Protein-Alkali Reactions: Chemistry, Toxicology, and Nutritional Consequences

  • Mendel Friedman
  • Michael R. Gumbmann
  • Patricia M. Masters
Part of the Advances in Experimental Medicine and Biology book series (AEMB, volume 177)


Heat and alkali treatment of proteins catalyzes formation of crosslinked amino-acid side chains such as lysinoalanine, ornithino- alanine and lanthionine, and concurrent racemization of L-isomers of all amino acid residues to D-analogues. Factors that favor these transformations include high pH and temperature, long exposure, and certain inductive or steric properties of the various amino acid side chains. Factors that minimize crosslink formation include the presence of certain additives, such as cysteine or sulfite ions, and acylation of ε-NH2 groups of lysine side chains. Free and protein-bound lysinoalanine and D-serine induce nephrocytomegaly in rat kidney tissues. The presence of lysinoalanine and D-amino acid residues along a protein chain decreases its digestibility and nutritional quality. Understanding the factors that govern the formation of potentially harmful unnatural amino acid residues in food proteins and the toxic and nutritionally antagonistic action of these compounds in animals should lead to better and safer foods.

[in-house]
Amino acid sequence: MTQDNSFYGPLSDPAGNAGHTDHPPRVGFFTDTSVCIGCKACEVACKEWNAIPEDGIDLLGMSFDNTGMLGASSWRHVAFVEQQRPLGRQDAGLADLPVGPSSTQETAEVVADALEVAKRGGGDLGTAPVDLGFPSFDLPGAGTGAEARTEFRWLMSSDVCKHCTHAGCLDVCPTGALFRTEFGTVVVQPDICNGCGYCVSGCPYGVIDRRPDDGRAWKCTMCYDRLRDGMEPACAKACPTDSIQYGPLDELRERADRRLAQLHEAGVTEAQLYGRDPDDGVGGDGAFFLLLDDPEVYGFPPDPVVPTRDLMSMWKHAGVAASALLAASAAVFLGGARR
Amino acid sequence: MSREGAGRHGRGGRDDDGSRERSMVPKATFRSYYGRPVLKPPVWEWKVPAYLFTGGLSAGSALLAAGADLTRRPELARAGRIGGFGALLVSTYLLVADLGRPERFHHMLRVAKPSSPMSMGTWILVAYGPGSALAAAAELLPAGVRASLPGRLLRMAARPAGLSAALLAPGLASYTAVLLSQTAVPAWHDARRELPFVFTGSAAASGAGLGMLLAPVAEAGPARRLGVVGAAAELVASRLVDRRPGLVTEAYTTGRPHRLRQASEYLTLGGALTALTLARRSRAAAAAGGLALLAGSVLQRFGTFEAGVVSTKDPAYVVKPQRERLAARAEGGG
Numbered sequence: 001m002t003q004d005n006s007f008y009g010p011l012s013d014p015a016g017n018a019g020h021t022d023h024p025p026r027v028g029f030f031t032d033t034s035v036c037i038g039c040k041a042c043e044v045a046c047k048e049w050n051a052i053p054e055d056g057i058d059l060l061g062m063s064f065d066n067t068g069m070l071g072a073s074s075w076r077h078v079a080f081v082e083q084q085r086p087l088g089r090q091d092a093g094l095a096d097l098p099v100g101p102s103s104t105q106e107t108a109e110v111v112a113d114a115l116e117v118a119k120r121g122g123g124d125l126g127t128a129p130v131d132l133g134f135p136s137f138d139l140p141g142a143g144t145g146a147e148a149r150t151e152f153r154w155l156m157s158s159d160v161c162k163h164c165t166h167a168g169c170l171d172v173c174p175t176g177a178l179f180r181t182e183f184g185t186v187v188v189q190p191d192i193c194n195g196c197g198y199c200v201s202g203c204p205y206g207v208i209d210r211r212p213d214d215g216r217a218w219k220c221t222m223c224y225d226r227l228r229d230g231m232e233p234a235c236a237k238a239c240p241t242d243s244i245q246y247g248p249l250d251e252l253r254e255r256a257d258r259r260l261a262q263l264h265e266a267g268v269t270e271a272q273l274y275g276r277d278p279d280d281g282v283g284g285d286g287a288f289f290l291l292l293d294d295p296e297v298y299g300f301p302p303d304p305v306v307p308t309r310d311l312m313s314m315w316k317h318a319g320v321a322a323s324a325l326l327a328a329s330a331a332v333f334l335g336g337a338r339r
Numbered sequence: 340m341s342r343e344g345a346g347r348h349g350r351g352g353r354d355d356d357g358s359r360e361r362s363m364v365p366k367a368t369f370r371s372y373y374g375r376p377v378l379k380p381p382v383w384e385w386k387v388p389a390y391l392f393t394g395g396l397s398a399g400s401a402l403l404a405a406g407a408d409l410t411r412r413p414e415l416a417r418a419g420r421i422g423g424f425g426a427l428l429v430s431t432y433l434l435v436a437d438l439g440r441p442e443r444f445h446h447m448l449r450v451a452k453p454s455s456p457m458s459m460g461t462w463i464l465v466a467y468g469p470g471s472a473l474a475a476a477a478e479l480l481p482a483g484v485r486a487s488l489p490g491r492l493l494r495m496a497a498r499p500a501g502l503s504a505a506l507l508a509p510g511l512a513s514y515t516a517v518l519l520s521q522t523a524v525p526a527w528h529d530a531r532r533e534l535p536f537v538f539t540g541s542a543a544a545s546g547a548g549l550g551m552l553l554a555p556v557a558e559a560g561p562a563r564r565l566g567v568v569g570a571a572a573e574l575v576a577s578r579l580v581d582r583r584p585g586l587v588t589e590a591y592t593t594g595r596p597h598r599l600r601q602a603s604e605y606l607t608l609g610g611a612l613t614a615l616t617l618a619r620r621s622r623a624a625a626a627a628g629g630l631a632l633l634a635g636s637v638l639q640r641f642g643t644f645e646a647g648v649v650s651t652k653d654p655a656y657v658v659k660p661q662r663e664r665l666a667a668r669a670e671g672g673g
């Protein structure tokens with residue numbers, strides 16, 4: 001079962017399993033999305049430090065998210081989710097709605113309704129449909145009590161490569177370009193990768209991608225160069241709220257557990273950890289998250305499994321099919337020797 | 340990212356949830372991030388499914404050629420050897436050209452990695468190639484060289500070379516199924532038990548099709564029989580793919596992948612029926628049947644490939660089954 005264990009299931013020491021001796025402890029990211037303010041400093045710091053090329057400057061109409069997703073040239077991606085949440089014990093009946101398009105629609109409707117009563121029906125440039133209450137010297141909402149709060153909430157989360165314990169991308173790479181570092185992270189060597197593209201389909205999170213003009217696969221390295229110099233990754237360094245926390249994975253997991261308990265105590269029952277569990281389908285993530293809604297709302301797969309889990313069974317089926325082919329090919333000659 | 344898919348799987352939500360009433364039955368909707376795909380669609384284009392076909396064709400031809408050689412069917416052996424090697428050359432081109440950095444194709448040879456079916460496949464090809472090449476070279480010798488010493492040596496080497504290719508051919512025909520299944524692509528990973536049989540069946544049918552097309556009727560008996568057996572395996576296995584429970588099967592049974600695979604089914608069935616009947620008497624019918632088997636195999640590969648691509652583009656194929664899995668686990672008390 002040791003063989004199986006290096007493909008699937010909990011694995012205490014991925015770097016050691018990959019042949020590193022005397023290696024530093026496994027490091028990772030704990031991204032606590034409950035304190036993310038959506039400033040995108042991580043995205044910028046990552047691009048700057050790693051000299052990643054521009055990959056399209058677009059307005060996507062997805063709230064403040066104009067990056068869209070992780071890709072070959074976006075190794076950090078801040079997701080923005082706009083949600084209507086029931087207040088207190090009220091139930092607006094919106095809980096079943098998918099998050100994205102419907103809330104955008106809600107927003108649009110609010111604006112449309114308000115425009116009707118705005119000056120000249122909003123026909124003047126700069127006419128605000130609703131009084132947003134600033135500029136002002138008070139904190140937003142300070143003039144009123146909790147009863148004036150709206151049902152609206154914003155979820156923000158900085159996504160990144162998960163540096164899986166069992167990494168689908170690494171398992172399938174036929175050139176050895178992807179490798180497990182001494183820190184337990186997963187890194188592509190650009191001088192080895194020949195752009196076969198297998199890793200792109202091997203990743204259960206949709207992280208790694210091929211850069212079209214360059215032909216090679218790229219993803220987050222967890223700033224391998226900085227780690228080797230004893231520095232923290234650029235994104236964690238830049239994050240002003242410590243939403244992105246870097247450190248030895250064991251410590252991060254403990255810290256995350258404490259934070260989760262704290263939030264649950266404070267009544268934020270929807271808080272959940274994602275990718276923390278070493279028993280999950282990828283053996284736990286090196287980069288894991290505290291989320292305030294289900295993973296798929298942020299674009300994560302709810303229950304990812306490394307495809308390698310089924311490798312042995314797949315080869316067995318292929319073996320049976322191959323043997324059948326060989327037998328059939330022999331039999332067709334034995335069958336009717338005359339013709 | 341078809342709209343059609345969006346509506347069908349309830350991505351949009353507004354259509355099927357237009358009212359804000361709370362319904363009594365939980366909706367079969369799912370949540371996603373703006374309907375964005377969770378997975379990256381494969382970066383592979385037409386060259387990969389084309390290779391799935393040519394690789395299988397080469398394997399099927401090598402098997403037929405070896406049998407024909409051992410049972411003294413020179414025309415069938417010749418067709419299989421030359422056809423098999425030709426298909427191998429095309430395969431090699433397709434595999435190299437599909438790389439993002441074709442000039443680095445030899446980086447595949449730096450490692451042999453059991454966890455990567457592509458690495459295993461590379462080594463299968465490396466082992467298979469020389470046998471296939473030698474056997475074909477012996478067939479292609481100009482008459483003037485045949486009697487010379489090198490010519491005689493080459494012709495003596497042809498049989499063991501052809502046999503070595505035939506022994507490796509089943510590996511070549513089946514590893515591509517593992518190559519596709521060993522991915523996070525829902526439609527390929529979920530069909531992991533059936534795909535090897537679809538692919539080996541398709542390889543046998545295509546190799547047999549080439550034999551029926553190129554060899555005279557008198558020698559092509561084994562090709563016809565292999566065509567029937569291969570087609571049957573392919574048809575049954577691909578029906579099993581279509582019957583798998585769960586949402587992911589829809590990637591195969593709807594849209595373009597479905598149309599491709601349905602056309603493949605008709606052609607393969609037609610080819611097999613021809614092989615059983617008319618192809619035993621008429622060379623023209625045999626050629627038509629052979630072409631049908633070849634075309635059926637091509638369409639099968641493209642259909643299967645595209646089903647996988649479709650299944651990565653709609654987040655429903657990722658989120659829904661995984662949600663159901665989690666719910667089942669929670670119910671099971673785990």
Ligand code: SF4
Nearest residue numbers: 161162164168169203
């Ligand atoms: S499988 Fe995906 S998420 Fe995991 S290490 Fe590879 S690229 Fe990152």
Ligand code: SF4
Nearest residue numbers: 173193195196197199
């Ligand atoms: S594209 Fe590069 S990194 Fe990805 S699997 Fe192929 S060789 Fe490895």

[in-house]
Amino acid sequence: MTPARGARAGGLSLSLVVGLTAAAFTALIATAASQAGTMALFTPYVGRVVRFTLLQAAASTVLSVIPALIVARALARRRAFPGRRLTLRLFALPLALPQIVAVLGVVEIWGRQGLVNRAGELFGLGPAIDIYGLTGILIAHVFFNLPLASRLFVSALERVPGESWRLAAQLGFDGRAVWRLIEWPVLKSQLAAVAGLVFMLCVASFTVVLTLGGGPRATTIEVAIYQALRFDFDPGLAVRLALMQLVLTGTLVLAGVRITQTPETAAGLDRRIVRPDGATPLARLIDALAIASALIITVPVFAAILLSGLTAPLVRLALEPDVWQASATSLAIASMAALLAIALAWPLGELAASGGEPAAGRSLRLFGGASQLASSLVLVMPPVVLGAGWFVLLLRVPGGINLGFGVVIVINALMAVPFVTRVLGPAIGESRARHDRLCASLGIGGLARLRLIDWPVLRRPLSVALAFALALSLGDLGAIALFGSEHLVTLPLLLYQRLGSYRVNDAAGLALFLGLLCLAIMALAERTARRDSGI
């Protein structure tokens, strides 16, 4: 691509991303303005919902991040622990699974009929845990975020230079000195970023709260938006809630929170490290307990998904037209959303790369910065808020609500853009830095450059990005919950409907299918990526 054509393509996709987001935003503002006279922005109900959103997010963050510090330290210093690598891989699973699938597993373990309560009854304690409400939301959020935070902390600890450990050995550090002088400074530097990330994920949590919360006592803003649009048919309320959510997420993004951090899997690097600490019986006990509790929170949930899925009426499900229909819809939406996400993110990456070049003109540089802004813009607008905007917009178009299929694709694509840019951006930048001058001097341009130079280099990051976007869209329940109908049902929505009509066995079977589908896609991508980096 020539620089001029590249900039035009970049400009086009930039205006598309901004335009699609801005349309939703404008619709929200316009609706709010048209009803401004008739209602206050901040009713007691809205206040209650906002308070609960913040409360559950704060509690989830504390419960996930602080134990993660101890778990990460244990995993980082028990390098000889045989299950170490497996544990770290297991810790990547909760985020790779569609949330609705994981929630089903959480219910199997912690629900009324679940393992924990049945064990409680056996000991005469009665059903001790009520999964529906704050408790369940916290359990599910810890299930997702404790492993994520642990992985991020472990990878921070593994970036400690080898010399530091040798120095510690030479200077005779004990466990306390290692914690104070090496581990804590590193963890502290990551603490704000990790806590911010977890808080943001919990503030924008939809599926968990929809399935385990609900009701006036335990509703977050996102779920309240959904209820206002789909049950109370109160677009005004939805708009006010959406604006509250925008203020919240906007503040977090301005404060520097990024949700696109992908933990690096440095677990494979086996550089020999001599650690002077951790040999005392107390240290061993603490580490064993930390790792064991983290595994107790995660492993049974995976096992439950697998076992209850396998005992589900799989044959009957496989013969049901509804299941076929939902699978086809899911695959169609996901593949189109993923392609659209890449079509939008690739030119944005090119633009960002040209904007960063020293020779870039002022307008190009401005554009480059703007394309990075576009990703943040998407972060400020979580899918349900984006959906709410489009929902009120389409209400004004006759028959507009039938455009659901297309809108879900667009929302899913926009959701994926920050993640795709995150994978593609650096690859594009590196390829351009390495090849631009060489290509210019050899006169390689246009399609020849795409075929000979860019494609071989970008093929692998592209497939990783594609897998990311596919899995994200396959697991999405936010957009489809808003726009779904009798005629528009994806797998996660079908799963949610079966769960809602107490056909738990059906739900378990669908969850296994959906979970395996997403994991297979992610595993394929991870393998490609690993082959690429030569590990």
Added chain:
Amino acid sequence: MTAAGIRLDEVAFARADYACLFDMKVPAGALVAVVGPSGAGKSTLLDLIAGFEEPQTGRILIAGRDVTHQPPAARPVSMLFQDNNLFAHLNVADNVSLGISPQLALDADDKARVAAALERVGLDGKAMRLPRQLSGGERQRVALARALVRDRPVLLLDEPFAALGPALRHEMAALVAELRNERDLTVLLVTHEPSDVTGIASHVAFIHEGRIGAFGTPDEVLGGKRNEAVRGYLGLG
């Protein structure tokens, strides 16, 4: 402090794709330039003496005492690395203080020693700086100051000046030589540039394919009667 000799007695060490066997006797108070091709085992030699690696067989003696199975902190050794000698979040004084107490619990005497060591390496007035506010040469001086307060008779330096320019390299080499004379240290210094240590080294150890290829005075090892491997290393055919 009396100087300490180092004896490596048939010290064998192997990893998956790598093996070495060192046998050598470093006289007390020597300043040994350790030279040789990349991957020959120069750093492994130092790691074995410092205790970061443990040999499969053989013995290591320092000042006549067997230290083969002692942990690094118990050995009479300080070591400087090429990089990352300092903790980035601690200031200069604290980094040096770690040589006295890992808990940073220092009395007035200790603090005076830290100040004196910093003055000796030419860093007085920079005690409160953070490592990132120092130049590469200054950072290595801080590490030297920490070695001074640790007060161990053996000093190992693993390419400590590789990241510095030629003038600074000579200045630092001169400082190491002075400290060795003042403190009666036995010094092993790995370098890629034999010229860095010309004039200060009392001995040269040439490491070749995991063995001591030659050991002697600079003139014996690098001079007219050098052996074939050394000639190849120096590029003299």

Amino Acid Side Chain Wheat Gluten Protein Efficiency Ratio Lysine Side Chain Amino Acid Racemization 
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Copyright information

© Plenum Press, New York 1984

Authors and Affiliations

  • Mendel Friedman
    • 1
  • Michael R. Gumbmann
    • 1
  • Patricia M. Masters
    • 2
  1. 1.Western Regional Research Center, Agricultural Research ServiceU. S. Department of AgricultureBerkeleyUSA
  2. 2.Scripps Institution of OceanographyUniversity of CaliforniaLa JollaUSA

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